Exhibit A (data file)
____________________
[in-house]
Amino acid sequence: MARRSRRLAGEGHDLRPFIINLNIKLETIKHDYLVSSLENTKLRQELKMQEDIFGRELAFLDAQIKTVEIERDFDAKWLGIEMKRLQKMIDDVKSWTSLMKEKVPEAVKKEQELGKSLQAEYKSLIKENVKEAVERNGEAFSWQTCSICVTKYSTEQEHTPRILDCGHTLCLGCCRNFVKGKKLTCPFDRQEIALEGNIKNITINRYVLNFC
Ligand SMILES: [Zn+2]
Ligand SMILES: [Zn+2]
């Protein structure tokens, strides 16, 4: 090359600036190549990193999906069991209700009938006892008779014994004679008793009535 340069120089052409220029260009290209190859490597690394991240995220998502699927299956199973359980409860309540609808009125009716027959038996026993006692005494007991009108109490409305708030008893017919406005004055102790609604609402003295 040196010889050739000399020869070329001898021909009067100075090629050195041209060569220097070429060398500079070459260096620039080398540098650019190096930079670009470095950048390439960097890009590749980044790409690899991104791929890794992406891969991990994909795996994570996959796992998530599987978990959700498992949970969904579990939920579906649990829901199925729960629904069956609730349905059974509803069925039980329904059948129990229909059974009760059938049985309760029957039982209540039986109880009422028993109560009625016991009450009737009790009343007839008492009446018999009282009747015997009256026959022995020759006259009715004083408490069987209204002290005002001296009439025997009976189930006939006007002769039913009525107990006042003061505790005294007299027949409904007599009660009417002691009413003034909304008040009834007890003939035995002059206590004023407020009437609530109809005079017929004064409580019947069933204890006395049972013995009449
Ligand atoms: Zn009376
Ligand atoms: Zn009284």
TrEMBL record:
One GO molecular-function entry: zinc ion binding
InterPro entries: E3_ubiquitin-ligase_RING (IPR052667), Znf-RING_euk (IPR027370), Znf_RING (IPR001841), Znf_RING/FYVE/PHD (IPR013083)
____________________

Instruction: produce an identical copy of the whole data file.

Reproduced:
[in-house]
Amino acid sequence: MARRSRRLAGEGHDLRPFIINLNIKLETIKHDYLVSSLENTKLRQELKMQEDIFGRELAFLDAQIKTVEIERDFDAKWLGIEMKRLQKMIDDVKSWTSLMKEKVPEAVKKEQELGKSLQAEYKSLIKENVKEAVERNGEAFSWQTCSICVTKYSTEQEHTPRILDCGHTLCLGCCRNFVKGKKLTCPFDRQEIALEGNIKNITINRYVLNFC
Ligand SMILES: [Zn+2]
Ligand SMILES: [Zn+2]
């Protein structure tokens, strides 16, 4: 090359600036190549990193999906069991209700009938006892008779014994004679008793009535 340069120089052409220029260009290209190859490597690394991240995220998502699927299956199973359980409860309540609808009125009716027959038996026993006692005494007991009108109490409305708030008893017919406005004055102790609604609402003295 040196010889050739000399020869070329001898021909009067100075090629050195041209060569220097070429060398500079070459260096620039080398540098650019190096930079670009470095950048390439960097890009590749980044790409690899991104791929890794992406891969991990994909795996994570996959796992998530599987978990959700498992949970969904579990939920579906649990829901199925729960629904069956609730349905059974509803069925039980329904059948129990229909059974009760059938049985309760029957039982209540039986109880009422028993109560009625016991009450009737009790009343007839008492009446018999009282009747015997009256026959022995020759006259009715004083408490069987209204002290005002001296009439025997009976189930006939006007002769039913009525107990006042003061505790005294007299027949409904007599009660009417002691009413003034909304008040009834007890003939035995002059206590004023407020009437609530109809005079017929004064409580019947069933204890006395049972013995009449
Ligand atoms: Zn009376
Ligand atoms: Zn009284």
TrEMBL record:
One GO molecular-function entry: zinc ion binding
InterPro entries: E3_ubiquitin-ligase_RING (IPR052667), Znf-RING_euk (IPR027370), Znf_RING (IPR001841), Znf_RING/FYVE/PHD (IPR013083)